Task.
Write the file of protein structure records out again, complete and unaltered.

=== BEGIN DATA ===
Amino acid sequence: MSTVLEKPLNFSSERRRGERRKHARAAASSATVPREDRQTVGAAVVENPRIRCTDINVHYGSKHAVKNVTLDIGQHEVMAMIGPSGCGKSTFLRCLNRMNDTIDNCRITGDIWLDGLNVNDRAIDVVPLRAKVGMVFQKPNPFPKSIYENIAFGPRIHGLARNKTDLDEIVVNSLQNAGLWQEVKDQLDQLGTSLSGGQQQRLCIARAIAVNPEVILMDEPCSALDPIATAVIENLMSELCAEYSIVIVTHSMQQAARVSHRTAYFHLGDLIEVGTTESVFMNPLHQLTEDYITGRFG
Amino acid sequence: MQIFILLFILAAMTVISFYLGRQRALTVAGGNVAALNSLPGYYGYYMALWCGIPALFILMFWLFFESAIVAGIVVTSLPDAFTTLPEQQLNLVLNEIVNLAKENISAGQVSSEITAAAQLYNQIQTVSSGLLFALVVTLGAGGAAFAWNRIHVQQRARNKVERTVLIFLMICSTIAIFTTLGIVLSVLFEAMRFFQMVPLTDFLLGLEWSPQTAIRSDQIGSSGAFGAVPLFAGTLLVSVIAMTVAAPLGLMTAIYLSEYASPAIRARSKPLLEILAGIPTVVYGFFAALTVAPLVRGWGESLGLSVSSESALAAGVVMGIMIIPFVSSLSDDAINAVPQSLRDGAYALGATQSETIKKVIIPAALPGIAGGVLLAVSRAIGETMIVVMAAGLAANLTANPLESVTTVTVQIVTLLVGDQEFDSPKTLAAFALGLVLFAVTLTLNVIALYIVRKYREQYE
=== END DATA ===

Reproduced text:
Amino acid sequence: MSTVLEKPLNFSSERRRGERRKHARAAASSATVPREDRQTVGAAVVENPRIRCTDINVHYGSKHAVKNVTLDIGQHEVMAMIGPSGCGKSTFLRCLNRMNDTIDNCRITGDIWLDGLNVNDRAIDVVPLRAKVGMVFQKPNPFPKSIYENIAFGPRIHGLARNKTDLDEIVVNSLQNAGLWQEVKDQLDQLGTSLSGGQQQRLCIARAIAVNPEVILMDEPCSALDPIATAVIENLMSELCAEYSIVIVTHSMQQAARVSHRTAYFHLGDLIEVGTTESVFMNPLHQLTEDYITGRFG
Amino acid sequence: MQIFILLFILAAMTVISFYLGRQRALTVAGGNVAALNSLPGYYGYYMALWCGIPALFILMFWLFFESAIVAGIVVTSLPDAFTTLPEQQLNLVLNEIVNLAKENISAGQVSSEITAAAQLYNQIQTVSSGLLFALVVTLGAGGAAFAWNRIHVQQRARNKVERTVLIFLMICSTIAIFTTLGIVLSVLFEAMRFFQMVPLTDFLLGLEWSPQTAIRSDQIGSSGAFGAVPLFAGTLLVSVIAMTVAAPLGLMTAIYLSEYASPAIRARSKPLLEILAGIPTVVYGFFAALTVAPLVRGWGESLGLSVSSESALAAGVVMGIMIIPFVSSLSDDAINAVPQSLRDGAYALGATQSETIKKVIIPAALPGIAGGVLLAVSRAIGETMIVVMAAGLAANLTANPLESVTTVTVQIVTLLVGDQEFDSPKTLAAFALGLVLFAVTLTLNVIALYIVRKYREQYE